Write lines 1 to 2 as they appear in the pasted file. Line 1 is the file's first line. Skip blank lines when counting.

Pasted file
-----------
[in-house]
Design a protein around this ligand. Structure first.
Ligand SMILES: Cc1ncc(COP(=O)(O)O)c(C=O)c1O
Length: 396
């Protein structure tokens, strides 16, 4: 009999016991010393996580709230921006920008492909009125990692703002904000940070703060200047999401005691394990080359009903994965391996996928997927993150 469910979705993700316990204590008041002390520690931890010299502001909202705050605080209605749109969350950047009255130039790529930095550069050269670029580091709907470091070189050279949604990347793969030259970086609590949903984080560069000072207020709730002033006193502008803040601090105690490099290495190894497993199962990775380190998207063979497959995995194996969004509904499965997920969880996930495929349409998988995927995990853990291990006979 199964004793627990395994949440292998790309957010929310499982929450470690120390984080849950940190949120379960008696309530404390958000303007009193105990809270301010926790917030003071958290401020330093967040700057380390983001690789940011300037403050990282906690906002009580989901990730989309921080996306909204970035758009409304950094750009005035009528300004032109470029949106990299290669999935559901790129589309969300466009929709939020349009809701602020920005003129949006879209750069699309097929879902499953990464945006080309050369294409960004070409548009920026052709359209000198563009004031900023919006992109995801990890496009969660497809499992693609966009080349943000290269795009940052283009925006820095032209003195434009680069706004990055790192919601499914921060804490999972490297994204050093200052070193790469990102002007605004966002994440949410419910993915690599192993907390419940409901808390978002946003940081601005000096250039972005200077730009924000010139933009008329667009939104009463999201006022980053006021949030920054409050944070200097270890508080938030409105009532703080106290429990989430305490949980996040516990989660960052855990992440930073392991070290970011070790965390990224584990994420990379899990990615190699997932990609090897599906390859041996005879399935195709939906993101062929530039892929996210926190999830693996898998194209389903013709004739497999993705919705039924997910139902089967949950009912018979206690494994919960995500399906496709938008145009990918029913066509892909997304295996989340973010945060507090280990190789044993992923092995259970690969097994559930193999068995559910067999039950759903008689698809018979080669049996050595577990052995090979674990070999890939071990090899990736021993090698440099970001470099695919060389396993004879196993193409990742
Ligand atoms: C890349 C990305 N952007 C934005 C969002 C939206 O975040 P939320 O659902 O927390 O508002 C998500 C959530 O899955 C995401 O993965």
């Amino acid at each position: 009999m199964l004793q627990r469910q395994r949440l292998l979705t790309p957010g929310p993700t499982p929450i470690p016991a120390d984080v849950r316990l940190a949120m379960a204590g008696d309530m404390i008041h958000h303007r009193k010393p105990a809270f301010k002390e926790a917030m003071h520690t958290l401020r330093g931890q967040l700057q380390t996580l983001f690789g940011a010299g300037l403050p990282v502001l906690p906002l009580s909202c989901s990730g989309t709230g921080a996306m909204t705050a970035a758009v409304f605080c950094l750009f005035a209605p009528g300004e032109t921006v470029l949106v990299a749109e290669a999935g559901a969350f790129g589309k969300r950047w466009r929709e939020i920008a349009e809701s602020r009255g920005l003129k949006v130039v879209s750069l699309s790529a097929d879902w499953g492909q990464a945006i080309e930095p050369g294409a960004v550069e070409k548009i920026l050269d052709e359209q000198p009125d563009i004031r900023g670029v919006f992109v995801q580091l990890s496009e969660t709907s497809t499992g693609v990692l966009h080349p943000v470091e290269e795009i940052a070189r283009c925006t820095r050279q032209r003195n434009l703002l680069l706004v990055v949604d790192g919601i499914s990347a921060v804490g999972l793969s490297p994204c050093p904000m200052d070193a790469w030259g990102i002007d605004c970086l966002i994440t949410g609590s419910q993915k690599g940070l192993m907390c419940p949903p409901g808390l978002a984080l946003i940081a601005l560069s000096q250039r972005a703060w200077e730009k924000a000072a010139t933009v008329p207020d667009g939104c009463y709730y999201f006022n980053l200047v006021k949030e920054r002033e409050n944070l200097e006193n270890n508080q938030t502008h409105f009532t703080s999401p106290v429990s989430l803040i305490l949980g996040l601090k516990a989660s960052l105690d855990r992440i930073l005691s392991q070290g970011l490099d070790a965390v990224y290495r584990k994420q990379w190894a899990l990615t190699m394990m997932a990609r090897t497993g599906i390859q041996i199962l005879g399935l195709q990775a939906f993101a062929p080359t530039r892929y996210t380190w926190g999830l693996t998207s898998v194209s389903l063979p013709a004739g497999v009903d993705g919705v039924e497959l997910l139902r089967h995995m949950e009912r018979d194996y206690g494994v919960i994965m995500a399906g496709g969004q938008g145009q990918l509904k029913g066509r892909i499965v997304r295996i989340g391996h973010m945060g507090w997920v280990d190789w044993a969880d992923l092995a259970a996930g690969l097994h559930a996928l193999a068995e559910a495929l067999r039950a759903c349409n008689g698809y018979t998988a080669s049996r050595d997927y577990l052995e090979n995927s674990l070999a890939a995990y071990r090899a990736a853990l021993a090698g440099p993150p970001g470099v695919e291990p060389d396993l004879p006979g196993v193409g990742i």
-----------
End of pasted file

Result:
[in-house]
Design a protein around this ligand. Structure first.